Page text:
The East Terrace
Controversy over Hollywood re-write
James Stafford
January 1, 2010
Former South Africa captain Francois Pienaar poses at the premiere of Invictus, Beverley Hills, California, USA, December 3, 2009
Former Springboks captain Francois Pienaar poses at the premiere of Invictus in Beverley Hill, California © Getty Images

Huge controversy is brewing in rugby circles over the plot and themes of the new Hollywood blockbuster Invictus.

Invictus is a biographical film based on the story of former South African President Nelson Mandela and ex-Springbok captain Francois Pienaar and tells of their lives during the momentous 1995 South African Rugby World Cup victory.

The movie, the biggest blockbuster ever made featuring rugby as a main theme, stars Hollywood legends Morgan Freeman (Seven/The Dark Knight/Shawshank Redemption) and Matt Damon (Bourne Trilogy/Good Will Hunting) as Nelson Mandela and Francois Pienaar respectively. Adding to the glamour of the title the film is that it is directed by movie god Clint Eastwood.

The filmmakers claim their film is based on the book by John Carlin called Playing the Enemy: Nelson Mandela and the Game That Changed a Nation, but early viewings of the movie indicate certain aspects of the movie have been overly dramatised to add excitement for the American audiences who will know little or nothing about Nelson Mandela, let alone rugby union.

The most obvious issue with the film's interpretation of the events of 1995 is what appear to be changes to the character and actions of Francois Pienaar. Perhaps inspired by the casting of Matt Damon in the role, most famous for starring as super-assassin Jason Bourne in three hit movies, Pienaar's movie alter-ego is shown doing many things that fellow Springbok teammates do not remember happening in real life.

In particular there is much disputing whether Francois Pienaar really did travel to the 1995 World Cup Final at Ellis Park in Johannesburg using a stolen taxi whilst leaving a trail of destruction and damage city wide.

"I was on the team bus that went to the game and was sat with Francois," said Joel Stransky, the Springbok outside-half who kicked the winning drop goal in extra time to give the Boks a famous win. "He certainly did not find himself in a situation whereby he was forced to elude a dozen highly armed, highly trained New Zealand government assassins with his bare hands just two hours before kick off at his team hotel. And I can say with absolute certainty he did not drive against the flow of the traffic on the Johannesburg streets at speeds over 100 miles an hour whilst wildly shooting foreign spies out of the taxi window with a semi-automatic pistol. I'm pretty sure I'd remember that, or if I didn't the lads would. And as for using a copy of the souvenir match programme to disable a gun-toting Kiwi fan as he entered the stadium? Well, I don't recall that at all."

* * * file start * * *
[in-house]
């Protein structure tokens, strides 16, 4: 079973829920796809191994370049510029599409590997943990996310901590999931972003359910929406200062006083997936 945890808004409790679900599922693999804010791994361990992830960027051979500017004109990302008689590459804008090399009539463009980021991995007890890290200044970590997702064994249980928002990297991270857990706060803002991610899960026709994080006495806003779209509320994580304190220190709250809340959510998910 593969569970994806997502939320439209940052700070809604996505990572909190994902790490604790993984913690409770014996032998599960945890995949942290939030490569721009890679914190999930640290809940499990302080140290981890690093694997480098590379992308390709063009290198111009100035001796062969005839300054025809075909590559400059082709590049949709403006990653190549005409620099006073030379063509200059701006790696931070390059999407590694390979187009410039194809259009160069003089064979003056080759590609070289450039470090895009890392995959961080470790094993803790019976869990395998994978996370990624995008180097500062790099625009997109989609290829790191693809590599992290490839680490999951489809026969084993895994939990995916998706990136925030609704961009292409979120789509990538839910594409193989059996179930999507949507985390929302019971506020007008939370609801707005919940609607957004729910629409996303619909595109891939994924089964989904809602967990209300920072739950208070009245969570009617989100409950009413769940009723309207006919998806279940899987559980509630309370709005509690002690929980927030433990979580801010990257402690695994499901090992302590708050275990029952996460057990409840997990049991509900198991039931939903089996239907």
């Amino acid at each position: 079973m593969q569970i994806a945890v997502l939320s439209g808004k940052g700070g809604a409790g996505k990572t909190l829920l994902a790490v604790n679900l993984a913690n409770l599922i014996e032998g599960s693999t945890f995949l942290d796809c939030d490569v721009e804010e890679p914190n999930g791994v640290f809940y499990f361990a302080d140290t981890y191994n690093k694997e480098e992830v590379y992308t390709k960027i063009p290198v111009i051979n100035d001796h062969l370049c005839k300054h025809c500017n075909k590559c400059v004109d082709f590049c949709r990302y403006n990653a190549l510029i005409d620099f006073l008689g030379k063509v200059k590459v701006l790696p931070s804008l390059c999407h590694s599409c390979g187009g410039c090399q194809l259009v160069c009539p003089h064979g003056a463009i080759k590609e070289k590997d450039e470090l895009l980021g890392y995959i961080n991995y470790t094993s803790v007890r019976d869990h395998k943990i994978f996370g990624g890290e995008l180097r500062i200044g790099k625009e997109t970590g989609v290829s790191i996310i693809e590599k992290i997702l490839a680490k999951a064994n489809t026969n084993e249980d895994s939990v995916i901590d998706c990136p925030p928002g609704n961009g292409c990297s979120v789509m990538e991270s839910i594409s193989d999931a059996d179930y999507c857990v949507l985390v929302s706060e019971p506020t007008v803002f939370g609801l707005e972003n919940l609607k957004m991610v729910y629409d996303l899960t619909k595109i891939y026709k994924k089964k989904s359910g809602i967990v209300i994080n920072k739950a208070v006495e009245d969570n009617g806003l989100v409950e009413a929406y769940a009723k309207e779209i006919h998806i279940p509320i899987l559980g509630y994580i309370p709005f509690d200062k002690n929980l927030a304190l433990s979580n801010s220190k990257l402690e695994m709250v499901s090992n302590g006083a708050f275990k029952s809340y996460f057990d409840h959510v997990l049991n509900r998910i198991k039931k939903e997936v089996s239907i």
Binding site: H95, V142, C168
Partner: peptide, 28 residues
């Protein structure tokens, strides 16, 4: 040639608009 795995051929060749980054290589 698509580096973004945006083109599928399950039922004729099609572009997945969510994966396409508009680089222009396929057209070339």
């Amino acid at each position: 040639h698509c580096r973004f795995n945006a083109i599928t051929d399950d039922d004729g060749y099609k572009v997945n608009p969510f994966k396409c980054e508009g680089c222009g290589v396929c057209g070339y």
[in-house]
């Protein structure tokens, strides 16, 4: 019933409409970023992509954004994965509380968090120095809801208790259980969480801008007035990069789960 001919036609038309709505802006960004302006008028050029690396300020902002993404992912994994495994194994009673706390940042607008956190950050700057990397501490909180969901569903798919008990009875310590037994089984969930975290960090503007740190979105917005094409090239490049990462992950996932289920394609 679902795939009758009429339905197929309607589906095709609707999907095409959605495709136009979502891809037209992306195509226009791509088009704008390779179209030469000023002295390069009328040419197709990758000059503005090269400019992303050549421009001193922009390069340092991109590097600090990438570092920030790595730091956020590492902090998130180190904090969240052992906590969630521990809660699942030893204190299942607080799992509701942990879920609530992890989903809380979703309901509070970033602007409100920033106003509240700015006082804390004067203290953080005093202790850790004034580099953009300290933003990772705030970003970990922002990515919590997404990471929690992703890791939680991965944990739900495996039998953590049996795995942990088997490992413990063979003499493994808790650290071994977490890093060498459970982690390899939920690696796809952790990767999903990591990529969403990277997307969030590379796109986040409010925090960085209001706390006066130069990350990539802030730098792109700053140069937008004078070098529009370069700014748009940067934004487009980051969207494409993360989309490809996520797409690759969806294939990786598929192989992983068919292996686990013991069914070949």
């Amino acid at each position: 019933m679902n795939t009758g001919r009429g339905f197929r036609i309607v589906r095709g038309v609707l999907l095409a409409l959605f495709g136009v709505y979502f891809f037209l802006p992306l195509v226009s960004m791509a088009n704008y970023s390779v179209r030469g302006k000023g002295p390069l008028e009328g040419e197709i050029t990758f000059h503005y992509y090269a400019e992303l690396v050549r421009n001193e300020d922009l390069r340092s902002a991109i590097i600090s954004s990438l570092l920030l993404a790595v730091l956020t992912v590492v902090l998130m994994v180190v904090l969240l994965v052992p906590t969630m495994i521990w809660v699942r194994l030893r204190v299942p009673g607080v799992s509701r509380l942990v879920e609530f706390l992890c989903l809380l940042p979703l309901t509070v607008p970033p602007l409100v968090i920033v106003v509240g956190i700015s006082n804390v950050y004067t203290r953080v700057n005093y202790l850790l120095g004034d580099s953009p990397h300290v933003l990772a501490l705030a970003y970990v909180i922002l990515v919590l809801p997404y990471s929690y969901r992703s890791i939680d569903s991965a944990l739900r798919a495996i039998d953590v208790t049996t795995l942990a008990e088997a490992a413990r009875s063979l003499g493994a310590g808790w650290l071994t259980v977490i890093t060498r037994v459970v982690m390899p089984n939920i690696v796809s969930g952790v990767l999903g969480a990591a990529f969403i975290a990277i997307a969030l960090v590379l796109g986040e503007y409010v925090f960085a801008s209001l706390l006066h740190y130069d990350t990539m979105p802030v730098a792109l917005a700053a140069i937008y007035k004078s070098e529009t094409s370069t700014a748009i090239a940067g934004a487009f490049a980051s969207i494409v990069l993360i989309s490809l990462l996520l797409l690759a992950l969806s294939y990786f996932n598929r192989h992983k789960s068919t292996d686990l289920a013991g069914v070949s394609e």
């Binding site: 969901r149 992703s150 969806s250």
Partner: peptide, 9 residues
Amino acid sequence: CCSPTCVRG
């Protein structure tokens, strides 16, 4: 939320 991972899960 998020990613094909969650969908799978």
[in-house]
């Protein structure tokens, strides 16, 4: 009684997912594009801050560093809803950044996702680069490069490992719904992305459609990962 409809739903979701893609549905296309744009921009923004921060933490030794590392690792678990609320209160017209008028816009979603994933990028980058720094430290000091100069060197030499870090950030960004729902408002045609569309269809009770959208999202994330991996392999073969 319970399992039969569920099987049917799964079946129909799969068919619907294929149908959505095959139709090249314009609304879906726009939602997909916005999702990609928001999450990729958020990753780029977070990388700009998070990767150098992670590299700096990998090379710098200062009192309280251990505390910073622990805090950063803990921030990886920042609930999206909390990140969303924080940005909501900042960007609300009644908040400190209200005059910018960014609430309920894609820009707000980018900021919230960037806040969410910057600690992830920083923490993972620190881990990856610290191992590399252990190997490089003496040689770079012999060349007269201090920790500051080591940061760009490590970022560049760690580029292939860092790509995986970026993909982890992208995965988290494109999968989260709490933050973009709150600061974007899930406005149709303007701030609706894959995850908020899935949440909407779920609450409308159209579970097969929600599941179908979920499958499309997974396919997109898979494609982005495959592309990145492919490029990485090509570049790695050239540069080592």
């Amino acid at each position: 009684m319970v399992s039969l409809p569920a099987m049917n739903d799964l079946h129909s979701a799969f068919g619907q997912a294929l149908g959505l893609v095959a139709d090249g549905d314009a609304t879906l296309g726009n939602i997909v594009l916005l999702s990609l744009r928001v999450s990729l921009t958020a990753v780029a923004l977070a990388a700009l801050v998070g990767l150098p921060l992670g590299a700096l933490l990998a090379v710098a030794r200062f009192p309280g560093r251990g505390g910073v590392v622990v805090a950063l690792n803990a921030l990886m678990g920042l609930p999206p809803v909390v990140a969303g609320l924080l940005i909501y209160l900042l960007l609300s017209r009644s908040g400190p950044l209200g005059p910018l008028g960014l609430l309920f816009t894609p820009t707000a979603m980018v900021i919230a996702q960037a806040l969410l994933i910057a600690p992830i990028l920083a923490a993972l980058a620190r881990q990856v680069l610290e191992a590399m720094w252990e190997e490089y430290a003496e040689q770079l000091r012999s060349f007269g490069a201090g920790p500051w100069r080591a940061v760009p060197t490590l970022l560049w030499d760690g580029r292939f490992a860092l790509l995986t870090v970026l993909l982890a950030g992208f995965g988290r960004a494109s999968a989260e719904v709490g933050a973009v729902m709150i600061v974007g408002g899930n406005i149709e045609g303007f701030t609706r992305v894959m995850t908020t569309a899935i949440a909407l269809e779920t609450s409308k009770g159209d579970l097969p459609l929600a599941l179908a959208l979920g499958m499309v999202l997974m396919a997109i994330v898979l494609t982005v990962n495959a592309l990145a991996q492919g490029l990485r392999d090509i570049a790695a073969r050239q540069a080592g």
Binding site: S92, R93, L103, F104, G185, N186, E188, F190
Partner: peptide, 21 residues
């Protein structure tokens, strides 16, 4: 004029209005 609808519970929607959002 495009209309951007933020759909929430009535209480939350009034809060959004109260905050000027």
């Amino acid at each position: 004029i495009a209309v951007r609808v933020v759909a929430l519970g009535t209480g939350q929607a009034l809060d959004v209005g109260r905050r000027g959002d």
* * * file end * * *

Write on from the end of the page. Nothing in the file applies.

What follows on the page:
"And as for using a copy of the souvenir match programme to disable a gun-toting Kiwi fan as he entered the stadium? Well, I don't recall that at all."

As well as the taxi chase scene, the movie is coming under fire for developing a sub-plot in which it turns out that before the 1995 tournament, Pienaar was recruited as a plain-clothes body guard of Nelson Mandela who was working deep undercover to prevent an attack on Mandela's life. According to the events of Invictus, at the start of the World Cup Pienaar suffers a severe concussion and completely forgets about the murderous plot, only to recall the situation just before half time in the World Cup final. Matt Damon is then portrayed foiling an elaborate assassination attempt involving lasers, snipers, beautiful women and killer elephants before managing to save Mandela's life in a nick of time before heading back down to the dressing room and delivering an inspiring and rousing captain's speech to his team-mates.

"I know Hollywood is famous for reinterpreting history for the big screen, but making out that Francois Pienaar had lost his memory before the start of the World Cup and that he was still trying to remember who he was during the final? I mean, come on?" said Stransky. "It is utterly ridiculous. I can assure people Pienaar was with the Springbok team for the whole of the half time break for that match. Utter Hollywood nonsense. I even heard they were going to add something about a food poisoning plot against New Zealand before the final. I mean, really? Who thinks up these crazy schemes?"

If the movie is a financial success Hollywood insiders believe that there could be a glut of other rugby related films to follow. In particular, movie moguls hope to green light a project suggested by Times' (UK newspaper) rugby journalist Stephen Jones in which English prop Andrew Sheridan takes on and defeats King Kong and Godzilla as they try to attack and destroy Twickenham.

James Stafford is editor of The East Terrace ( - an offside view of life in the rugby world

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